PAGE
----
DOB: 09/23/1988 (Age 27)
Place Of Birth: Morgantown, West Virginia
Teams: San Diego Padres, St. Louis Cardinals
Jedd Gyorko was born in Morgantown, West Virginia to Randall and Penny Gyorko. He is the youngest of three sons, and his older brother, Scott Gyorko, played college football for the West Virginia University Mountaineers. As a child, Gyorko was a fan of the Pittsburgh Pirates, and began his love for baseball at a young age. He practiced a lot with his dad and one of his dad's friends, a former West Virginia University baseball player.
Gyorko was drafted by the San Diego Padres in the 2nd round of the 2010 MLB Draft as a third baseman. After working his way up through the minor leagues for a couple years before making the Padres 2013 Opening Day Roster as a second baseman. He was named to Baseball America's All Rookie Team that year and finished sixth in NL Rookie of the Year balloting after leading the Padres in both home runs (23) and RBIs (63) that season.
Since then, Gyorko's numbers have declined steadily. In 2015, he spent some time at AAA working on his swing before returning to the Padres as a shortstop. On December 8, 2015, the San Diego Padres traded Gyorko to the Cardinals in exchange for outfielder Jon Jay, agreeing to pay $7,000,000 of the $33,000,000 remaining on Gyorko's contract.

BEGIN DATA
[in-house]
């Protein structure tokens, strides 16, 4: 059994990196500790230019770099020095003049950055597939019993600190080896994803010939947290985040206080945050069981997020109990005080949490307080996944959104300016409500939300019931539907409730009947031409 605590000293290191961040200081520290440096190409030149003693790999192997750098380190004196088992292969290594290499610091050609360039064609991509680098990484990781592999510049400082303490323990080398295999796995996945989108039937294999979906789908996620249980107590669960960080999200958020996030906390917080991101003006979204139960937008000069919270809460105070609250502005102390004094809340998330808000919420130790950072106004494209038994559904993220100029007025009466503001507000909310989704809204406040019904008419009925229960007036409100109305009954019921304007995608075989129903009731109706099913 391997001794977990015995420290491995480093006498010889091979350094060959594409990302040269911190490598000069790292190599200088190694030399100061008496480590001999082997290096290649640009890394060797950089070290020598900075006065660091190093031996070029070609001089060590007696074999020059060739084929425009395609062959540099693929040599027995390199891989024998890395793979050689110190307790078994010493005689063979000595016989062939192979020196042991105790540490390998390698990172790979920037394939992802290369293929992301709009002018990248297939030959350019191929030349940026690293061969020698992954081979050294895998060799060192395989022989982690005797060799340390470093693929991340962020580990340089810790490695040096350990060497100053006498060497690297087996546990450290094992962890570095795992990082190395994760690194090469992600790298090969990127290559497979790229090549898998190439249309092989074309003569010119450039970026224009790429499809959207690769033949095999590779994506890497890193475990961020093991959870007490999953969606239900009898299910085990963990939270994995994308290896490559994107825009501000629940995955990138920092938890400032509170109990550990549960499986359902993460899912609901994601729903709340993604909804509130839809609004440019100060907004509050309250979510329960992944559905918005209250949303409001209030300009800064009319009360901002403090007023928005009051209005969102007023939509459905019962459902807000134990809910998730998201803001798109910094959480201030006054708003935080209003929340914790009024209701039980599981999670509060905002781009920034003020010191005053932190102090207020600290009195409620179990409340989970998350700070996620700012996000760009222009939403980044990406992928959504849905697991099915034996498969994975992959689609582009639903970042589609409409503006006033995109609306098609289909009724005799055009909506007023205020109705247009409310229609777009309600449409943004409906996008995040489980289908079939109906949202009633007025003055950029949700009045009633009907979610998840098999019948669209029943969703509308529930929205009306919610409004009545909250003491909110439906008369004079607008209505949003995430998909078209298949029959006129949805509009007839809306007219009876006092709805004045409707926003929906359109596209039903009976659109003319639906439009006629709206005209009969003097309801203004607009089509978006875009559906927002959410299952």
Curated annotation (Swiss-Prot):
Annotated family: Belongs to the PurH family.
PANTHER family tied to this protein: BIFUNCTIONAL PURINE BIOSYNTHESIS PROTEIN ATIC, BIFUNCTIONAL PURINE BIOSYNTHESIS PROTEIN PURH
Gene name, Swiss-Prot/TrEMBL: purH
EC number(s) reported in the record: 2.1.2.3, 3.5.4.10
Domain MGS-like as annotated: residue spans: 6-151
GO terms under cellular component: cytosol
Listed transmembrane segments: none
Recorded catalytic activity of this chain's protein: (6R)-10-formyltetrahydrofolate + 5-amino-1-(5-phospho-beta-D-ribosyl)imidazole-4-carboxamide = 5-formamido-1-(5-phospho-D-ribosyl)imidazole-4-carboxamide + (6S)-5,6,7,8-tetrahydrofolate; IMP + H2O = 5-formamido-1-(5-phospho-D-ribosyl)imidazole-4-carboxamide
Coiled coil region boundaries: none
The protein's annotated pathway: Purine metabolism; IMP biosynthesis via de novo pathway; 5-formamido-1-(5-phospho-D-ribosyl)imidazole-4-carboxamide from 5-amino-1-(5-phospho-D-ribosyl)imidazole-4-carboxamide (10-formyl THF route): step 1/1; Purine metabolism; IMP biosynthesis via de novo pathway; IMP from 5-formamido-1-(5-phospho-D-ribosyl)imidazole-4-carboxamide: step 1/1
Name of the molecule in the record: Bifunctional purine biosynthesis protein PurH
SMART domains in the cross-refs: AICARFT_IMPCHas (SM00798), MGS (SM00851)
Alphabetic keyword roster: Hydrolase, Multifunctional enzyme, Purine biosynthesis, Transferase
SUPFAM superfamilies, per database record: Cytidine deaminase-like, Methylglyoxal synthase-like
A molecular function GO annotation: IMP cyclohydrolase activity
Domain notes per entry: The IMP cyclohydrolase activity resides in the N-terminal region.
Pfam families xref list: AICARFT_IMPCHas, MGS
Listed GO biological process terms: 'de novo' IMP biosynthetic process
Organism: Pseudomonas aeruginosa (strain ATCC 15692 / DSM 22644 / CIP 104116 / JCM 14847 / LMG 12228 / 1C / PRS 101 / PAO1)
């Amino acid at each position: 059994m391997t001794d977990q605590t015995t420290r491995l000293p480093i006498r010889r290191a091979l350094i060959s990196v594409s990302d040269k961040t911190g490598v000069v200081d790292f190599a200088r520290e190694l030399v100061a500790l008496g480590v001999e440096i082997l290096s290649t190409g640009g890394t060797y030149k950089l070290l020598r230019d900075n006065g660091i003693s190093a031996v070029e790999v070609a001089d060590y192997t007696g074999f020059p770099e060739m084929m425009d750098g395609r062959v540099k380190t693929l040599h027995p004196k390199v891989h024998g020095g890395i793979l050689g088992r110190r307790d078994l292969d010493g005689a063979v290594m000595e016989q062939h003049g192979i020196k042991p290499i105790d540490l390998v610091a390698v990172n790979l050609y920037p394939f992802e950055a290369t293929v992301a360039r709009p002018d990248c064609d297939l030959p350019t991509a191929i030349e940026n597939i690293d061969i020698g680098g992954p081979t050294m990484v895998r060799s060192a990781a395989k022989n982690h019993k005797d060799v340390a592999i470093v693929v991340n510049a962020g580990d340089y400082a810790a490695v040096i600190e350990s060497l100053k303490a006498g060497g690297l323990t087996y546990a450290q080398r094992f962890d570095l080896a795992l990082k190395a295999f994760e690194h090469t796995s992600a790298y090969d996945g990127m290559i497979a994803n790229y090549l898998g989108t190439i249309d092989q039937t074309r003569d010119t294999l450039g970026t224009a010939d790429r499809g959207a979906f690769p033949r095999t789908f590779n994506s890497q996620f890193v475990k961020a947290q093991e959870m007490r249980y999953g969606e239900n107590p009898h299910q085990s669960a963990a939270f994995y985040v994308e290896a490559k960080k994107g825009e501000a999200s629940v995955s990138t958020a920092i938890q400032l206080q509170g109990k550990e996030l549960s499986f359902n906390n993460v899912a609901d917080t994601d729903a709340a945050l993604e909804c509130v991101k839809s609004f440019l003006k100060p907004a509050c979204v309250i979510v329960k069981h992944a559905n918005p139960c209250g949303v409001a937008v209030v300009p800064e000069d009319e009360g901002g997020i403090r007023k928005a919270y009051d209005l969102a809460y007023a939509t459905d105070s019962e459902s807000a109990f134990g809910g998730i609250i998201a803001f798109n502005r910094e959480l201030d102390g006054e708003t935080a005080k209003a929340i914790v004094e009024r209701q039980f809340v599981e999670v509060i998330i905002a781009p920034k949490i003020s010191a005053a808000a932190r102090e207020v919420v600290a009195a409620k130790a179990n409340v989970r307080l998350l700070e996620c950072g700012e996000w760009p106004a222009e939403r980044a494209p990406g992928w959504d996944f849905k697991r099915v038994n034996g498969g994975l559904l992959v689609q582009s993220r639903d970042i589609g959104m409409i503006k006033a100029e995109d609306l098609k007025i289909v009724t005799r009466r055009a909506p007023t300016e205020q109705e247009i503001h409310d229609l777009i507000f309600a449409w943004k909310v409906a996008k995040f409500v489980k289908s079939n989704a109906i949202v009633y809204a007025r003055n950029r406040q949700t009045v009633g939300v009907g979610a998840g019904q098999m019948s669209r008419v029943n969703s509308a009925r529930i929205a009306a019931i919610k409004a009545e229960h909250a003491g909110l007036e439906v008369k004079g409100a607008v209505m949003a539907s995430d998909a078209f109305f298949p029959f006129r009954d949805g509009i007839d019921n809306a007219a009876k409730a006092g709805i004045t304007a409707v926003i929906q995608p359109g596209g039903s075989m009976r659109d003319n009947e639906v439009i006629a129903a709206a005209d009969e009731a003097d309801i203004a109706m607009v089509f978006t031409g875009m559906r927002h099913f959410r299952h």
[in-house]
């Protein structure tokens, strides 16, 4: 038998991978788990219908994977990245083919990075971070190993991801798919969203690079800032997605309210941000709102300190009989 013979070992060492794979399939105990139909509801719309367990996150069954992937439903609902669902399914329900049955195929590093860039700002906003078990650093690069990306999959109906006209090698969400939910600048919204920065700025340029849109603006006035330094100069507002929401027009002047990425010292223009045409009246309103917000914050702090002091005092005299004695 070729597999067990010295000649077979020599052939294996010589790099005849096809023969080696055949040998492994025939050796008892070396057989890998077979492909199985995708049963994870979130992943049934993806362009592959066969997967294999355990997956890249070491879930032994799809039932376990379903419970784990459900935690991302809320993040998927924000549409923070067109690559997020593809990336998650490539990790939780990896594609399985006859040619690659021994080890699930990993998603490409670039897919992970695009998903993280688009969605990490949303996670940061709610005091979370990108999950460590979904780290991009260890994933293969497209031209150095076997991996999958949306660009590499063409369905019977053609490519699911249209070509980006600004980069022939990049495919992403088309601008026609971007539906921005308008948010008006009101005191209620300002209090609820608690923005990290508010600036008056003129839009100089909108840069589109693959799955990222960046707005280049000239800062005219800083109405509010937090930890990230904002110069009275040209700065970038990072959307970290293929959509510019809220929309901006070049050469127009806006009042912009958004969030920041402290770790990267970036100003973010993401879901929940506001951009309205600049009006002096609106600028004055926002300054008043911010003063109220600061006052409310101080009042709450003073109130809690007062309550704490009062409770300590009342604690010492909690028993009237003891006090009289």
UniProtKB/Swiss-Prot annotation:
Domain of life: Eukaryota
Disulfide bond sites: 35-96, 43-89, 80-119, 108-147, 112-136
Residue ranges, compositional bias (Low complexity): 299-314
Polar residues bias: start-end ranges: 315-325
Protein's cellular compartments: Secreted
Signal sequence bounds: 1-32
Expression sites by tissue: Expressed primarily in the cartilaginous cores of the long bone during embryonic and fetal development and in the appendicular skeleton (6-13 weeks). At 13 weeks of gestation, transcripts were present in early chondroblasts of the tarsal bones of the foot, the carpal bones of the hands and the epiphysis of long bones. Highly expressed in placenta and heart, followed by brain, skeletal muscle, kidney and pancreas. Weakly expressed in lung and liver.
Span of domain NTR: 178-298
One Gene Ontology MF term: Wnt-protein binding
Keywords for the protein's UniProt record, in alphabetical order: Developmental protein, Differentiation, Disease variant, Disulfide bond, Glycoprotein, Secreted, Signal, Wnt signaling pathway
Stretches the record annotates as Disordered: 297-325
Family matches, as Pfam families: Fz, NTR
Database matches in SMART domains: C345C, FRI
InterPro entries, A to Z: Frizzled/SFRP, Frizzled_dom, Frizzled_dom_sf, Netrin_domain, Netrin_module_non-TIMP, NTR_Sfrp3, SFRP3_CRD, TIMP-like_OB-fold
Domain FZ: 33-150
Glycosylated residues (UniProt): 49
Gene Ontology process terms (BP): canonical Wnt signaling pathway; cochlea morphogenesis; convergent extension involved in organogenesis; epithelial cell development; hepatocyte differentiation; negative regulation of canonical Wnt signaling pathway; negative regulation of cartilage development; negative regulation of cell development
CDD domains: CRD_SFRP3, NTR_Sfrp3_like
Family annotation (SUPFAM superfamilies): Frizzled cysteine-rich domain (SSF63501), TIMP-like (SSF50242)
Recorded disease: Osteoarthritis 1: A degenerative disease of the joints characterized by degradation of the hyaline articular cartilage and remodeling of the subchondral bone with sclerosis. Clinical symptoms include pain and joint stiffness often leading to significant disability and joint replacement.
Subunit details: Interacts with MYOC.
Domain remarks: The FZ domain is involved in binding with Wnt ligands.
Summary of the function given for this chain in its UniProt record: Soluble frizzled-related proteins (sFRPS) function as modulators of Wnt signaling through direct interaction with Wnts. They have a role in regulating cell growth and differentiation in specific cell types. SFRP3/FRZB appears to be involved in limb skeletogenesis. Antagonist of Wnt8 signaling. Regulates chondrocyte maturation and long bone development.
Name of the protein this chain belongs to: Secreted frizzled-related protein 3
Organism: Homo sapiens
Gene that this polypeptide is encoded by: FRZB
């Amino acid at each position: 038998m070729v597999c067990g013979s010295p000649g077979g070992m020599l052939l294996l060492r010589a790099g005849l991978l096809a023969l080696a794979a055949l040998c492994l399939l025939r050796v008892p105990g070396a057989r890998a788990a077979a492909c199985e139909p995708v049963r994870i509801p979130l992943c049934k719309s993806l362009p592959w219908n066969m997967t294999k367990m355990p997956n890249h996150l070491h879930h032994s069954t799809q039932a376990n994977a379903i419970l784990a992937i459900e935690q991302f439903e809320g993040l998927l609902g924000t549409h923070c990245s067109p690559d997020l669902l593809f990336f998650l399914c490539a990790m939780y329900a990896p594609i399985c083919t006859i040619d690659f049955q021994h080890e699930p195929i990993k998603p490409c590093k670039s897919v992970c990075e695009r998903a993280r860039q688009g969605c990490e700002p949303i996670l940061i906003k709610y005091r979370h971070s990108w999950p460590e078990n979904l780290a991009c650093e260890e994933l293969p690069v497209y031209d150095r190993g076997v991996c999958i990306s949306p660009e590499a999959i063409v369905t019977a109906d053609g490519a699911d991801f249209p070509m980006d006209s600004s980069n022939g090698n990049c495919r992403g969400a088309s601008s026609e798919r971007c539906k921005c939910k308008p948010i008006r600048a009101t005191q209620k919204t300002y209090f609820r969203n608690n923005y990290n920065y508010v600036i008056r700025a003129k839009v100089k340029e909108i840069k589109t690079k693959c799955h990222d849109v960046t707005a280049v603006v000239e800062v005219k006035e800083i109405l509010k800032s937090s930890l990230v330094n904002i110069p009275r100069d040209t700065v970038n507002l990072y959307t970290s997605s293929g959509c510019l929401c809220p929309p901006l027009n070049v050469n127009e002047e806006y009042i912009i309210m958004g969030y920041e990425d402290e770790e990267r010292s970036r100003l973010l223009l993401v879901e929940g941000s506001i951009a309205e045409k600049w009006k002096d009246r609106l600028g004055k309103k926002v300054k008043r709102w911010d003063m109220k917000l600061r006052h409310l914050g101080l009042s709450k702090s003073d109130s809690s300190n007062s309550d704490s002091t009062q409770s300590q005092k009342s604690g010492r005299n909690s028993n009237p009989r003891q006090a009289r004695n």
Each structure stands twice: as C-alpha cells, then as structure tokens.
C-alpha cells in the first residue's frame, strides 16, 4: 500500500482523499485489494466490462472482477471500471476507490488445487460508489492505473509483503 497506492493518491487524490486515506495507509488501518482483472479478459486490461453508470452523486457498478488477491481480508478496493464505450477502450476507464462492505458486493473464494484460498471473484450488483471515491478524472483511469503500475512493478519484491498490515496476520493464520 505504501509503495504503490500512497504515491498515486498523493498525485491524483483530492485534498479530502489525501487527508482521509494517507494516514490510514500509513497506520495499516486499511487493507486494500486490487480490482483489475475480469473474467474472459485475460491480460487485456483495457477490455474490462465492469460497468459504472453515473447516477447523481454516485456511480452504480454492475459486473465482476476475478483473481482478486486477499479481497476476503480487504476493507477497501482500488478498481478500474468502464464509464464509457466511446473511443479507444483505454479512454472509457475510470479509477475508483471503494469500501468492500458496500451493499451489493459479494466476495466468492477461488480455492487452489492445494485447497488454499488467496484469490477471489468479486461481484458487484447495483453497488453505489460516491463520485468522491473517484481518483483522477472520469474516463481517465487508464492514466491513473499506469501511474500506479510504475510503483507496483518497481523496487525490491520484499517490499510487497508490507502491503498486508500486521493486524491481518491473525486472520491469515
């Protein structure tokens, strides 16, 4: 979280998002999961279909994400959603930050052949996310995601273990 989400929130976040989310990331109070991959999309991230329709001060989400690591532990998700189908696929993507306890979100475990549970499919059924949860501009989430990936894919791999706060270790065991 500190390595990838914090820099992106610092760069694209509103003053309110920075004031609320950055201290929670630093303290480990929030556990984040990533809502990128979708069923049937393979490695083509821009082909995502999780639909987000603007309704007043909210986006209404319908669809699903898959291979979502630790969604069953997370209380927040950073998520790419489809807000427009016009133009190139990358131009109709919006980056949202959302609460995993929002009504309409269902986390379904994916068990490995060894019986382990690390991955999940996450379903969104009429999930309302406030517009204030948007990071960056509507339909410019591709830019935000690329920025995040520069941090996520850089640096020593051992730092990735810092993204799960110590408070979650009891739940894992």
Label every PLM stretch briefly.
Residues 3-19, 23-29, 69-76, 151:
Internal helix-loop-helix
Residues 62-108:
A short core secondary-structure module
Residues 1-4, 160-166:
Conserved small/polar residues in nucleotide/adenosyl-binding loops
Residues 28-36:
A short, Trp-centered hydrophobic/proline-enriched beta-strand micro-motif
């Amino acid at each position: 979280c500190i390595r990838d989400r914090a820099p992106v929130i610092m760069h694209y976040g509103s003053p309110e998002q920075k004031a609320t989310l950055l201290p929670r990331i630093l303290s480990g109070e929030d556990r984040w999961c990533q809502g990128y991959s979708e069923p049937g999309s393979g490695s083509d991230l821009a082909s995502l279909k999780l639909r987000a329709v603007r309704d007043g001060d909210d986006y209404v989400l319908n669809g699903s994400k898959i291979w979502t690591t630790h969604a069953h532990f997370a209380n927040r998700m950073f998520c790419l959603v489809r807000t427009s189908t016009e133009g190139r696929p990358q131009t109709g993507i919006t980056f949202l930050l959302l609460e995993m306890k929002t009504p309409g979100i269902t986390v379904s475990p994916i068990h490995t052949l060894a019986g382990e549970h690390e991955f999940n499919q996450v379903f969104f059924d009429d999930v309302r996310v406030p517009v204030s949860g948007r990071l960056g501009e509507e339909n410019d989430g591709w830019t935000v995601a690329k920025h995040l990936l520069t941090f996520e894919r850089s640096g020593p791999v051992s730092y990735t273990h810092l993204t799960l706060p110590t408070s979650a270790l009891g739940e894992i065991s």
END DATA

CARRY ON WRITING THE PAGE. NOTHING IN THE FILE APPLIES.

As a Player
Position(s): Second Base, Shortstop, and Third Base
Bats: R Throws: R
Lifetime Line: .236/.293/.395
There's no doubt that Jedd Gyorko's offensive numbers have declined since he began his career in 2013, but he still is valuable as a power-hitting middle infielder who can move around the diamond a little bit. Gyorko has a lot of experience at second base, third base, and shortstop, but he has definitely spent the most time at second base, where he has been very reliable with his glove. At the plate, his batting average is not going to shock anyone, but the power numbers he puts up for his position are impressive and can be a valuable asset for the Cardinals in 2016. Gyorko poses essentially no threat as a baserunner, so it is more crucial for him to provide value of the bat, which he has proven he can accomplish at the major league level.